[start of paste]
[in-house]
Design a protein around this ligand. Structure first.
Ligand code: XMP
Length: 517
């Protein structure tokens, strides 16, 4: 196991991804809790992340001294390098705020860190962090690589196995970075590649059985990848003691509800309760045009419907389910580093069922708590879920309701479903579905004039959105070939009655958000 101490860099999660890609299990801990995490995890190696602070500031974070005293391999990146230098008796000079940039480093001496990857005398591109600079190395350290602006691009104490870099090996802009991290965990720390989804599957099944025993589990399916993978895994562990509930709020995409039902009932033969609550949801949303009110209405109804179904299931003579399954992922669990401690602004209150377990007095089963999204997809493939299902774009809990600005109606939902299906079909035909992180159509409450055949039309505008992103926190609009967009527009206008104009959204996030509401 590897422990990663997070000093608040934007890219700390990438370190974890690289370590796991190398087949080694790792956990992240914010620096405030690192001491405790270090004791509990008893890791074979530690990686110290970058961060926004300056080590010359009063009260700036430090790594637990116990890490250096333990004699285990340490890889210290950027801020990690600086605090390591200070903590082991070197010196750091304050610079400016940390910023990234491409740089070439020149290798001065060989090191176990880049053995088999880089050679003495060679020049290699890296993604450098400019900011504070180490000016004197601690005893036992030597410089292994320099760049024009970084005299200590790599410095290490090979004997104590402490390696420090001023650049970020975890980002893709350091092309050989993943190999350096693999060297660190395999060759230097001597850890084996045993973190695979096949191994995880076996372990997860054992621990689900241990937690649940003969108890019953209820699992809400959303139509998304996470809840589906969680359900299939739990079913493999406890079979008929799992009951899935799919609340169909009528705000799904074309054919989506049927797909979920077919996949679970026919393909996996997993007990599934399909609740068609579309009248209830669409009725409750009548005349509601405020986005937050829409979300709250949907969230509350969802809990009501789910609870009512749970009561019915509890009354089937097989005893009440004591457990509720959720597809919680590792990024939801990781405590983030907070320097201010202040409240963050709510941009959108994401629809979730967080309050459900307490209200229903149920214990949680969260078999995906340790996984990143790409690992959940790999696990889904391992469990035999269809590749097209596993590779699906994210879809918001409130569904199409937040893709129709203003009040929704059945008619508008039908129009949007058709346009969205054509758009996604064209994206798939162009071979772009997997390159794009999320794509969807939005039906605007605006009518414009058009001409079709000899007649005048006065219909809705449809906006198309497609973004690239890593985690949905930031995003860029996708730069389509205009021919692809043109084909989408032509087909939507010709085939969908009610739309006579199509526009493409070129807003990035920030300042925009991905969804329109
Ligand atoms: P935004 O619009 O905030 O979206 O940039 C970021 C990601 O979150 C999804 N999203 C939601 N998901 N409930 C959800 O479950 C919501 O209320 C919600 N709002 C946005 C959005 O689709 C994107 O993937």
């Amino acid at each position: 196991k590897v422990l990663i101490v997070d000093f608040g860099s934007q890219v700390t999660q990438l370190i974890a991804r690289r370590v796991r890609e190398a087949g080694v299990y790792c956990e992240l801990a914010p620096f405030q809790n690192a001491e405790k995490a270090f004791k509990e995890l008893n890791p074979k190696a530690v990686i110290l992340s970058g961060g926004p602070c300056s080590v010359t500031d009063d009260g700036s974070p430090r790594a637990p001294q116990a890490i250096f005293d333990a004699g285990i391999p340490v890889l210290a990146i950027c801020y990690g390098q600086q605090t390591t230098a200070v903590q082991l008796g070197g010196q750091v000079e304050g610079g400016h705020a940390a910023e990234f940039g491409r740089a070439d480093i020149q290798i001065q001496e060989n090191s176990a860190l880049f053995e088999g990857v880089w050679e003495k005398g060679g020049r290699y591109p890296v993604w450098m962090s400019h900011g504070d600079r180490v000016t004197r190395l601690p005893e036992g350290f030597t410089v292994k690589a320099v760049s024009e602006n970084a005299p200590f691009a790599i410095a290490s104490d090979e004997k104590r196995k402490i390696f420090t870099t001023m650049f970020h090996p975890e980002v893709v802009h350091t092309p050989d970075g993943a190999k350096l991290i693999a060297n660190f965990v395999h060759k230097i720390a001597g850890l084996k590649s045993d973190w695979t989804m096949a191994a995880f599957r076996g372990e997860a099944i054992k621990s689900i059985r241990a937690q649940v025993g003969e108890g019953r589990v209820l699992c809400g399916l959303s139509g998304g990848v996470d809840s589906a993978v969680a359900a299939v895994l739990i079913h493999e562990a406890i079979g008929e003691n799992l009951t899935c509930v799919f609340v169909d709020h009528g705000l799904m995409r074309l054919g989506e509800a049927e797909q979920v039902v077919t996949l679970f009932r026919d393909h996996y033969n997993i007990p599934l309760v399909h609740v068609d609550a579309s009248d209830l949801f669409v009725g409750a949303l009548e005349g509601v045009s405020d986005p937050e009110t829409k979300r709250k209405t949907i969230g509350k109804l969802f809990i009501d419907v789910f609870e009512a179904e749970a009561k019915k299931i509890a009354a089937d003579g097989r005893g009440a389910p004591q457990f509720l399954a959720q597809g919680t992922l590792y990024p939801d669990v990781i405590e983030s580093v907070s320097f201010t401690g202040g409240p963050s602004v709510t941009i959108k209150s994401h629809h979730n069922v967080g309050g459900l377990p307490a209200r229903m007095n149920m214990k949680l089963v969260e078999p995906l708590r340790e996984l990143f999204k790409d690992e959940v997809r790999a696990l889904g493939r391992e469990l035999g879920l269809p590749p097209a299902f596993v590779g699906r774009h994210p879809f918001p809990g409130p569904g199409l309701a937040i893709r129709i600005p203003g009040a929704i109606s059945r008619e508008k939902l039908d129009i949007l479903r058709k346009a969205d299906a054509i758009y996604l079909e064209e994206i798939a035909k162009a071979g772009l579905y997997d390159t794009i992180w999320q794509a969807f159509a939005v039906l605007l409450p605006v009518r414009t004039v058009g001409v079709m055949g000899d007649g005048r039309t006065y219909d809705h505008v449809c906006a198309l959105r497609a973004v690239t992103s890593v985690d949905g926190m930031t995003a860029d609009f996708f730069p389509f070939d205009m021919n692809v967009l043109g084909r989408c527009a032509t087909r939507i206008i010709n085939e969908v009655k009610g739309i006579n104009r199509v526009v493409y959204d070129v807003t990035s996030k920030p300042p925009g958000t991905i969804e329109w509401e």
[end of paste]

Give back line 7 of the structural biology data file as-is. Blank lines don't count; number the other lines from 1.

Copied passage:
């Amino acid at each position: 196991k590897v422990l990663i101490v997070d000093f608040g860099s934007q890219v700390t999660q990438l370190i974890a991804r690289r370590v796991r890609e190398a087949g080694v299990y790792c956990e992240l801990a914010p620096f405030q809790n690192a001491e405790k995490a270090f004791k509990e995890l008893n890791p074979k190696a530690v990686i110290l992340s970058g961060g926004p602070c300056s080590v010359t500031d009063d009260g700036s974070p430090r790594a637990p001294q116990a890490i250096f005293d333990a004699g285990i391999p340490v890889l210290a990146i950027c801020y990690g390098q600086q605090t390591t230098a200070v903590q082991l008796g070197g010196q750091v000079e304050g610079g400016h705020a940390a910023e990234f940039g491409r740089a070439d480093i020149q290798i001065q001496e060989n090191s176990a860190l880049f053995e088999g990857v880089w050679e003495k005398g060679g020049r290699y591109p890296v993604w450098m962090s400019h900011g504070d600079r180490v000016t004197r190395l601690p005893e036992g350290f030597t410089v292994k690589a320099v760049s024009e602006n970084a005299p200590f691009a790599i410095a290490s104490d090979e004997k104590r196995k402490i390696f420090t870099t001023m650049f970020h090996p975890e980002v893709v802009h350091t092309p050989d970075g993943a190999k350096l991290i693999a060297n660190f965990v395999h060759k230097i720390a001597g850890l084996k590649s045993d973190w695979t989804m096949a191994a995880f599957r076996g372990e997860a099944i054992k621990s689900i059985r241990a937690q649940v025993g003969e108890g019953r589990v209820l699992c809400g399916l959303s139509g998304g990848v996470d809840s589906a993978v969680a359900a299939v895994l739990i079913h493999e562990a406890i079979g008929e003691n799992l009951t899935c509930v799919f609340v169909d709020h009528g705000l799904m995409r074309l054919g989506e509800a049927e797909q979920v039902v077919t996949l679970f009932r026919d393909h996996y033969n997993i007990p599934l309760v399909h609740v068609d609550a579309s009248d209830l949801f669409v009725g409750a949303l009548e005349g509601v045009s405020d986005p937050e009110t829409k979300r709250k209405t949907i969230g509350k109804l969802f809990i009501d419907v789910f609870e009512a179904e749970a009561k019915k299931i509890a009354a089937d003579g097989r005893g009440a389910p004591q457990f509720l399954a959720q597809g919680t992922l590792y990024p939801d669990v990781i405590e983030s580093v907070s320097f201010t401690g202040g409240p963050s602004v709510t941009i959108k209150s994401h629809h979730n069922v967080g309050g459900l377990p307490a209200r229903m007095n149920m214990k949680l089963v969260e078999p995906l708590r340790e996984l990143f999204k790409d690992e959940v997809r790999a696990l889904g493939r391992e469990l035999g879920l269809p590749p097209a299902f596993v590779g699906r774009h994210p879809f918001p809990g409130p569904g199409l309701a937040i893709r129709i600005p203003g009040a929704i109606s059945r008619e508008k939902l039908d129009i949007l479903r058709k346009a969205d299906a054509i758009y996604l079909e064209e994206i798939a035909k162009a071979g772009l579905y997997d390159t794009i992180w999320q794509a969807f159509a939005v039906l605007l409450p605006v009518r414009t004039v058009g001409v079709m055949g000899d007649g005048r039309t006065y219909d809705h505008v449809c906006a198309l959105r497609a973004v690239t992103s890593v985690d949905g926190m930031t995003a860029d609009f996708f730069p389509f070939d205009m021919n692809v967009l043109g084909r989408c527009a032509t087909r939507i206008i010709n085939e969908v009655k009610g739309i006579n104009r199509v526009v493409y959204d070129v807003t990035s996030k920030p300042p925009g958000t991905i969804e329109w509401e």